How America’s biggest corporations became cyber vigilantes: Foreign Policy

On September 10th, 2012, Tim Maurer wrote for Foreign Policy on how corporations are “increasingly going on the offensive, turning from firewalls to retaliation.”

Just as a quick aside, Maurer referenced a Washington Post article, written by Ellen Nakashima, on how the U.S. military is contemplating offensive cyber operations to defend private computer systems.  I had totally missed this article and, needless to say, it’s quite significant.

Back to the Foreign Policy article.  Maurer noted a recent survey of cybersecurity experts where “more than half [of the respondents] thought their companies would be well served by the ability to ‘strike back’ against their attackers.”  The same survey found that 29% of respondents wanted the ability to “proactively strike” and 25% thought their data would be safer if afforded the ability to strike back.  Moreover, a Black Hat conference poll found that 36% of participants “had already engaged in retaliatory hacking,” and that percentage is likely understated!

Something else that I was previously unaware of, courtesy of Maurer: Google hacked back against the perpetrators of Operation Aurora.

The article goes on to debate the merits and drawbacks of hackback, noting that “eye for an eye” can be very dangerous.  Maurer then suggested my favored solution: what if the government sanctioned active defense, thereby removing the specter of legal ramifications for what companies may already be doing and certainly believe they should be able to do?  The primary impediment to hackback would probably be the CFAA, or Computer Fraud and Abuse Act.  What if, consistent with the CFAA, the U.S. government sanctioned hackback by private companies?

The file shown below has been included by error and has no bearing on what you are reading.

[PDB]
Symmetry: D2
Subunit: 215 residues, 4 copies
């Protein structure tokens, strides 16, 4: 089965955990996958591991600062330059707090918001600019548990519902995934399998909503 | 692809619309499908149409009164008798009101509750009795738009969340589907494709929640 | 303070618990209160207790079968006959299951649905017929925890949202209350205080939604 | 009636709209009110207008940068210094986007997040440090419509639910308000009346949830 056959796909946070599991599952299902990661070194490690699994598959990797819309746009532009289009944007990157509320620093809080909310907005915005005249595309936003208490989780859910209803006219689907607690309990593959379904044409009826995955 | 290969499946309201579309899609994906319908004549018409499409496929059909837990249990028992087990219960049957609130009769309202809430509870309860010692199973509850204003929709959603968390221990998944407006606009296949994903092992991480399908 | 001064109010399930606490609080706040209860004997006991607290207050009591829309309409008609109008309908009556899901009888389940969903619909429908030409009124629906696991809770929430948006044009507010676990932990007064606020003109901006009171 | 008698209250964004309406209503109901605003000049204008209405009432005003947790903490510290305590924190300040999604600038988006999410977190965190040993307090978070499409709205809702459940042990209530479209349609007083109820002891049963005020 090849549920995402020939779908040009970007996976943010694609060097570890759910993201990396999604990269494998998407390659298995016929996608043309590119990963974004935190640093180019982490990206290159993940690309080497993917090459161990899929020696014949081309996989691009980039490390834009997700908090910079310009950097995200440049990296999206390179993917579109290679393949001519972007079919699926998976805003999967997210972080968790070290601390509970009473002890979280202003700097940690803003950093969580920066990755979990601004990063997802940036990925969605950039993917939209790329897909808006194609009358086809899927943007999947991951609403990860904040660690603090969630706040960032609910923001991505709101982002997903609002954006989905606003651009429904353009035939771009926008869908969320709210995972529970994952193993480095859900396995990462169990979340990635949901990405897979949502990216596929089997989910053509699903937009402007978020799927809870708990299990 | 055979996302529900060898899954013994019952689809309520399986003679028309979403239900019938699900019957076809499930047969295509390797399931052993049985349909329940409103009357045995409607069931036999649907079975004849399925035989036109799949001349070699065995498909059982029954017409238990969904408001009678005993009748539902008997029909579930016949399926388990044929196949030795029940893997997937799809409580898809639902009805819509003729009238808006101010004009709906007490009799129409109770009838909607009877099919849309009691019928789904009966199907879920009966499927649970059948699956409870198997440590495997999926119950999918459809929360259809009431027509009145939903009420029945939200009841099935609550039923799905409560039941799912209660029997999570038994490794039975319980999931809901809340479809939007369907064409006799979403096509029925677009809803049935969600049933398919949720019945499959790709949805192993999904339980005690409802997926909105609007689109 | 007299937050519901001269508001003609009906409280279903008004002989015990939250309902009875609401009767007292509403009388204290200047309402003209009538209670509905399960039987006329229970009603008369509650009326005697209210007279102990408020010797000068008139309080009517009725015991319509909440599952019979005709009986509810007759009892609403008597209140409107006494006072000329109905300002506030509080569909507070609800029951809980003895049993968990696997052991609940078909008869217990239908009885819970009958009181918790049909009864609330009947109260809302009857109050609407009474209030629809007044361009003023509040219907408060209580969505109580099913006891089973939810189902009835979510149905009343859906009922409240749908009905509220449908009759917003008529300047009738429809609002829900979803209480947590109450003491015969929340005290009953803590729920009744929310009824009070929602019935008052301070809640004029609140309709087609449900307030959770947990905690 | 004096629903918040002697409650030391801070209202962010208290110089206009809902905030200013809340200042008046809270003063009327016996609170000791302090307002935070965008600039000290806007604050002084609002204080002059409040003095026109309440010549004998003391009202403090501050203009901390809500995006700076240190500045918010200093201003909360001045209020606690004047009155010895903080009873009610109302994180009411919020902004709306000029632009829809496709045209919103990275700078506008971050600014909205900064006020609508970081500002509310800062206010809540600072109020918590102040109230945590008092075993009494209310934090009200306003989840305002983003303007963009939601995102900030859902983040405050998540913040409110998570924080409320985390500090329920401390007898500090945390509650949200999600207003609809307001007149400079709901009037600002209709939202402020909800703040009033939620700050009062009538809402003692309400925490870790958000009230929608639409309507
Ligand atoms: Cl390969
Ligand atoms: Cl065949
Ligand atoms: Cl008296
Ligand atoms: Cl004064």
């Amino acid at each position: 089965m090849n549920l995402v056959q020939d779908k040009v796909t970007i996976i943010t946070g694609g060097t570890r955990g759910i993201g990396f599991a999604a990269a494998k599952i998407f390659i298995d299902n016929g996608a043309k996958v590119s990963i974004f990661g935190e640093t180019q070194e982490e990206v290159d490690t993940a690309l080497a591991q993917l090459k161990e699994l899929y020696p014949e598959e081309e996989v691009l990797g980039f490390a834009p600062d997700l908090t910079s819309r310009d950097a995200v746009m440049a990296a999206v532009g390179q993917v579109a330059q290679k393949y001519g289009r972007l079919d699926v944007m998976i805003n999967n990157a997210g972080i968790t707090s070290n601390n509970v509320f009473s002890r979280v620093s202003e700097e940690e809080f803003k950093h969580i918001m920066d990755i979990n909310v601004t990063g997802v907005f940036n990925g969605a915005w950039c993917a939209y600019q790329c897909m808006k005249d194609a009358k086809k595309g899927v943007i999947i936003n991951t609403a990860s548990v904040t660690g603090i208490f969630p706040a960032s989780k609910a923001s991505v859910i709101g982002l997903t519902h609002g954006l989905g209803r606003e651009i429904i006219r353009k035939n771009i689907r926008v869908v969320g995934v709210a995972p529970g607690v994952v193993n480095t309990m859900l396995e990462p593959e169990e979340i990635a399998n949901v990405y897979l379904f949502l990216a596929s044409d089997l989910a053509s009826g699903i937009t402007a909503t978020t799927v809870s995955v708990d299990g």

The article made one last great point: apparently companies have been increasingly coming to the U.S. government looking for cyber protection, but considering “little has changed since the 2009 [Operation Aurora] hack,” they have had little success.  Why, then, should we be surprised if a company “decides not to call Washington and takes matters into its own hands instead[?]”

As you can probably guess, I’m pretty geeked about the idea of hackback/active defense.  Please check out Tim Maurer’s article for Foreign Policy here.

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Authors

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Professor William Snyder

Professor William C. Snyderis a member of the faculty of the Institute for National Security and Counter-terrorism at Syracuse University after fifteen years with the United States Department of Justice.

Ryan D. White

Ryan D. WhiteRyan is currently a third year law student at Syracuse University College of Law, and is also pursuing a Master of Public Administration degree from Syracuse’s Maxwell School of Citizenship and Public Affairs. Ryan spent time with Homeland Security Investigations while pursuing his undergraduate degree at Wesleyan University, and spent his first summer of law school as clerk for the U.S. Attorney’s Office in the Western District of New York. He is a member of Syracuse Law Review, the Journal on Terrorism and Security Analysis, and participates in the Veteran’s Legal Clinic. Full biography